• Meg Ryan and Kara Hayward are joining Kiernan Shipka in Fan Girl. The film follows a 15-year-old post-Millennial teenager who combines her passions—making movies and idolizing her favorite band—in a final film project. Paul Jarrett is making his directorial debut with the semi-autobiographical film. Gina O'Brien wrote the script. The film also stars Scott Adsit, Joshua Boone, and Bill Sage. All Time Low will lend their music to the soundtrack and will appear as themselves. Jarrett, Nick Huston, and Adam Spielberg in association with Rosetta Films, Filament Productions and Literally Films are producing. O'Brien and Jonathan Gray are executive producing. »
- C. Molly Smith
Todd Solondz’s unique brand of filmmaking is taking a leaf out of the studio book. Yep, he’s making a sequel folks. Well, he’s actually making a quasi-sequel that’s partially inspired by his breakout hit, Welcome To The Dollhouse. The follow-up, entitled Weiner-Dog, will head into production some twenty years after the first, which may go some way to explaining why certain roles have been re-cast with adult actors.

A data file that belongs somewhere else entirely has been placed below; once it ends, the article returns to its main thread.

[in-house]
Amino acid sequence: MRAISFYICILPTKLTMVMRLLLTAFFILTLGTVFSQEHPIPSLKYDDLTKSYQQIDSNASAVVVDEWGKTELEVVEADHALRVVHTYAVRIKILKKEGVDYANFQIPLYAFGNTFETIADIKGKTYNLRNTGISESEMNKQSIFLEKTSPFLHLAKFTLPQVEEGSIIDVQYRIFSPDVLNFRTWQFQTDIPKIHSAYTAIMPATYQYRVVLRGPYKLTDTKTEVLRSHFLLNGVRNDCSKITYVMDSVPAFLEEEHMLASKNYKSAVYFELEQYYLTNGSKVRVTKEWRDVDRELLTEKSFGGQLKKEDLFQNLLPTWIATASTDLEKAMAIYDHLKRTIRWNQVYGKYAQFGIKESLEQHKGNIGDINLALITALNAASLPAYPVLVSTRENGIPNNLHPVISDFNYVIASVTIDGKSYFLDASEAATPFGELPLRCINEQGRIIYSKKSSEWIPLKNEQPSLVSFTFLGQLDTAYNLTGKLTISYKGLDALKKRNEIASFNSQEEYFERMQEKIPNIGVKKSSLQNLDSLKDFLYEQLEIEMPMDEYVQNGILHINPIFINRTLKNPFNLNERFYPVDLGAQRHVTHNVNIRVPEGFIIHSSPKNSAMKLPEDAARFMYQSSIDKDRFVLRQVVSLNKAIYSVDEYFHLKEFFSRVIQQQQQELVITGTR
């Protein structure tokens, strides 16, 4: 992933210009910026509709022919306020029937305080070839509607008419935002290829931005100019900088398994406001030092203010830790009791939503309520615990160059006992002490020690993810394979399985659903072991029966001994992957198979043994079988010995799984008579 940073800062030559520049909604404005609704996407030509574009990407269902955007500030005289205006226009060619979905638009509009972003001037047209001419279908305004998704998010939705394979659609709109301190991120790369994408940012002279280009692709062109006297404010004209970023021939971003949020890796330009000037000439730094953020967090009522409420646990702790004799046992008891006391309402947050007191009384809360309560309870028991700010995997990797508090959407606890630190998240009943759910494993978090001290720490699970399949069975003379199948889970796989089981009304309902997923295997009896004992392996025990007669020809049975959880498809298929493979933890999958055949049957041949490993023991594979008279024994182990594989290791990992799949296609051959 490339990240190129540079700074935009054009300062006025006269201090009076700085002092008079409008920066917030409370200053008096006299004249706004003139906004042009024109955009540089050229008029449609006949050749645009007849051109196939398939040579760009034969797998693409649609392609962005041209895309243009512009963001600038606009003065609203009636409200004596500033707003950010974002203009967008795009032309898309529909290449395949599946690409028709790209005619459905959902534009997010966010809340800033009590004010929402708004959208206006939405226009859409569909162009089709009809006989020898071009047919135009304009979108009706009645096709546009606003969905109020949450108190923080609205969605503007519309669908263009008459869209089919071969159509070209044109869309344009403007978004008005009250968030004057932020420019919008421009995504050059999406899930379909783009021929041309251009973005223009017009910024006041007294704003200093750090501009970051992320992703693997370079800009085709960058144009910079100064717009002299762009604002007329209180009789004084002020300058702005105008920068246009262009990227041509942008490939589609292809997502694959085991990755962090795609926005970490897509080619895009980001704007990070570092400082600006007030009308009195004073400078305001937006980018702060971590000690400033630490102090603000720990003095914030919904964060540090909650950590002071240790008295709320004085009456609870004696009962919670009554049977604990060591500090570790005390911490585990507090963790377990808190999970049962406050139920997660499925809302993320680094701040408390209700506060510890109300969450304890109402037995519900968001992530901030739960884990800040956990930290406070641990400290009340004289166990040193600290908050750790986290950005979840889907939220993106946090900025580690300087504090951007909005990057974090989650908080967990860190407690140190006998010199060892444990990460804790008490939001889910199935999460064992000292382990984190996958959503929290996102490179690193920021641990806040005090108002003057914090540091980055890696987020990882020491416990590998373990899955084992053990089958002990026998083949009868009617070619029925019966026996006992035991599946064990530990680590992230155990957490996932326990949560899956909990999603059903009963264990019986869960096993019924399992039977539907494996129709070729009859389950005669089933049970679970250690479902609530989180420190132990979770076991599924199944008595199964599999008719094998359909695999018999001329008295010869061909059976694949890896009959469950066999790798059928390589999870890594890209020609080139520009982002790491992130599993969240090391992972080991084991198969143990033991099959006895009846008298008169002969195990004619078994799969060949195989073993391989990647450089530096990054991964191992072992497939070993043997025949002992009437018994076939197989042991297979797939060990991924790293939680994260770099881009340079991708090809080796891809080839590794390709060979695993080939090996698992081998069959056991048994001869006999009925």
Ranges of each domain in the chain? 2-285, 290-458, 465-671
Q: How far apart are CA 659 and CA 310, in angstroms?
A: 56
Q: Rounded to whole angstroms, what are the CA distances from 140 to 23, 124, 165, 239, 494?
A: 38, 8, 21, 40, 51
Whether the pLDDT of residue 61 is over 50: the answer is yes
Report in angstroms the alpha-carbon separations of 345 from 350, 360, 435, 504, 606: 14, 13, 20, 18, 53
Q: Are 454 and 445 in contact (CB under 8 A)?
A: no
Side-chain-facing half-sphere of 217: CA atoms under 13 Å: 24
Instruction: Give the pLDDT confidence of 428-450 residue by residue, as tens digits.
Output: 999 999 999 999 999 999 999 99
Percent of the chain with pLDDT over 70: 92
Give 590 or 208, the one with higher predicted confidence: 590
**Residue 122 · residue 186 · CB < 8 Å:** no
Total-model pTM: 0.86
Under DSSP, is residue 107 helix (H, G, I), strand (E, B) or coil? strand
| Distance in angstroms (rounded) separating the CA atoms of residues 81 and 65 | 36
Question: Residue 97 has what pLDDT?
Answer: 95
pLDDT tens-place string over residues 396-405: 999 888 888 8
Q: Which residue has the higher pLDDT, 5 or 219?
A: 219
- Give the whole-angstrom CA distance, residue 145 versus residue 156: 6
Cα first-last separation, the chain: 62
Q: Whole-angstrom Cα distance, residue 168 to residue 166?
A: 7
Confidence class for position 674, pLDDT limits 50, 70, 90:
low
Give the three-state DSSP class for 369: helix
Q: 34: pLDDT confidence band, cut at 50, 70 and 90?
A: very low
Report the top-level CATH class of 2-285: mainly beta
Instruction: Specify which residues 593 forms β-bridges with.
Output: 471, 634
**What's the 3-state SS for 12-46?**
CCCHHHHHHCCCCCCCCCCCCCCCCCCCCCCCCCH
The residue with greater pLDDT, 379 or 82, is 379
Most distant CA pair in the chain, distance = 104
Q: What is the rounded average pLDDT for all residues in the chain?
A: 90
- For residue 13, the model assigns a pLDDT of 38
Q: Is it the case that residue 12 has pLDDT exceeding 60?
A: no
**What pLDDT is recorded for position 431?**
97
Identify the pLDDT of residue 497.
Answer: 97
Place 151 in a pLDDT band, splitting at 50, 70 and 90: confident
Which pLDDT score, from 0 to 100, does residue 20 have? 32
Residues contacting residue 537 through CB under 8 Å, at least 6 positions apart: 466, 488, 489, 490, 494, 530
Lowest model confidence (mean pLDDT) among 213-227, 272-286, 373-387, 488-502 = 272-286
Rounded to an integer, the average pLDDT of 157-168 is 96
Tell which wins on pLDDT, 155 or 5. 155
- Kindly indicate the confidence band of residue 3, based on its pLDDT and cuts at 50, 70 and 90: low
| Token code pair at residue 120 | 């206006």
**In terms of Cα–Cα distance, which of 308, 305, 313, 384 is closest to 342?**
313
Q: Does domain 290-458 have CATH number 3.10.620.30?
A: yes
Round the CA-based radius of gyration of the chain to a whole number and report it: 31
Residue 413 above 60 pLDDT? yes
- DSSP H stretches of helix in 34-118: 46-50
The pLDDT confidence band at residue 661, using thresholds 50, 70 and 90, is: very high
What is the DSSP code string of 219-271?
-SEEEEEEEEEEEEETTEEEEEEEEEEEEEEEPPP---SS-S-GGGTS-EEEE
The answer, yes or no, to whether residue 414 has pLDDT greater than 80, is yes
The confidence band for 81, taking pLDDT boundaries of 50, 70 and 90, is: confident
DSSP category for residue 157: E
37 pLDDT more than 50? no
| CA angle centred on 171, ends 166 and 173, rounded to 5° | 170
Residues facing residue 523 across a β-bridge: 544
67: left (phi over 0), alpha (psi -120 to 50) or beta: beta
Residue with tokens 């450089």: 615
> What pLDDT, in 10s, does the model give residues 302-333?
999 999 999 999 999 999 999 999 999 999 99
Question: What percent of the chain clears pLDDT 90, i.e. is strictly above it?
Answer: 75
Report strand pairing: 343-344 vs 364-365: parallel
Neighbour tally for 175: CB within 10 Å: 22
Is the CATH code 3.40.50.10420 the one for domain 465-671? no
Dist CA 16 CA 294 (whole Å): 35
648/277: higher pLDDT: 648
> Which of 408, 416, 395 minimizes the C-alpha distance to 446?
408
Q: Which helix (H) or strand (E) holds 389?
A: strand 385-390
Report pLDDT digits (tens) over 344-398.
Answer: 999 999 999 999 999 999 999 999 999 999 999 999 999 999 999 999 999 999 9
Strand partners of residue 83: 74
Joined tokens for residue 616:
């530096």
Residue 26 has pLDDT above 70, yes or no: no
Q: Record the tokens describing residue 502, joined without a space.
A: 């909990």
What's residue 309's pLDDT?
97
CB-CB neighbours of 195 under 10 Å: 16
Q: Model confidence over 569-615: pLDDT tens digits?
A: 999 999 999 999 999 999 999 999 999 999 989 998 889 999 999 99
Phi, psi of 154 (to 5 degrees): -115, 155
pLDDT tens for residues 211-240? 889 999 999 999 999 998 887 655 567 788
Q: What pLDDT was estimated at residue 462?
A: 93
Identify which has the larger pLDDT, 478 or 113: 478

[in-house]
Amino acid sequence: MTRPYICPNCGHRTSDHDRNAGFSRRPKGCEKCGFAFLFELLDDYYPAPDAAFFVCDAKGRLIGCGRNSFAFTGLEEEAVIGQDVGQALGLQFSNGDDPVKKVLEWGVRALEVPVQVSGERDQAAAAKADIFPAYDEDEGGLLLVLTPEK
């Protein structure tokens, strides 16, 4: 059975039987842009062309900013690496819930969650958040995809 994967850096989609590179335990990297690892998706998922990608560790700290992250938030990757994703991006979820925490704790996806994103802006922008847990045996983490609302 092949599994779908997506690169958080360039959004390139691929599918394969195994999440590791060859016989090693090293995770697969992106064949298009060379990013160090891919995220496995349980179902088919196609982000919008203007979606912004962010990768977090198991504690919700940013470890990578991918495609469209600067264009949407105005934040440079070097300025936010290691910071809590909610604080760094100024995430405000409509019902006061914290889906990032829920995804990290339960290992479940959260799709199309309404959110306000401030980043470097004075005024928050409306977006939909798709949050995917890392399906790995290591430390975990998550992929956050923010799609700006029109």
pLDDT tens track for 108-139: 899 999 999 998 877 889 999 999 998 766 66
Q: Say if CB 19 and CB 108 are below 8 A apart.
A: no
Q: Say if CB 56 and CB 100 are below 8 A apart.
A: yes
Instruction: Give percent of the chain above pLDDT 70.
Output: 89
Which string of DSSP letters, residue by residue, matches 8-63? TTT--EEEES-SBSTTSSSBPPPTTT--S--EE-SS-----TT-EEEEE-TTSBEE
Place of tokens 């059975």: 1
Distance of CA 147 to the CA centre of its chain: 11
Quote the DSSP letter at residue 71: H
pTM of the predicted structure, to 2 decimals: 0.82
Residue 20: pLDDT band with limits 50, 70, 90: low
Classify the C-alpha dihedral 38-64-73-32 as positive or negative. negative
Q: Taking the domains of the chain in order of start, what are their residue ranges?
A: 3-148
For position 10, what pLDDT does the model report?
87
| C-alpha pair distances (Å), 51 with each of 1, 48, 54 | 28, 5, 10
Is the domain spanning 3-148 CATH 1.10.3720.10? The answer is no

According to THR, the script “tells several stories featuring people who find their life inspired or changed by one particular dachshund, who seems to be spreading comfort and joy.” One of those people will be Dawn Weiner, a relentlessly teased youngster played by Heather Matarazzo in the 1995 flick. Bridging the two decade gap to play the older Weiner (alright, stifle the chuckles!) is indie queen Greta Gerwig, who is currently in negotiations. While she’s not signed on officially as yet, »
- Gem Seddon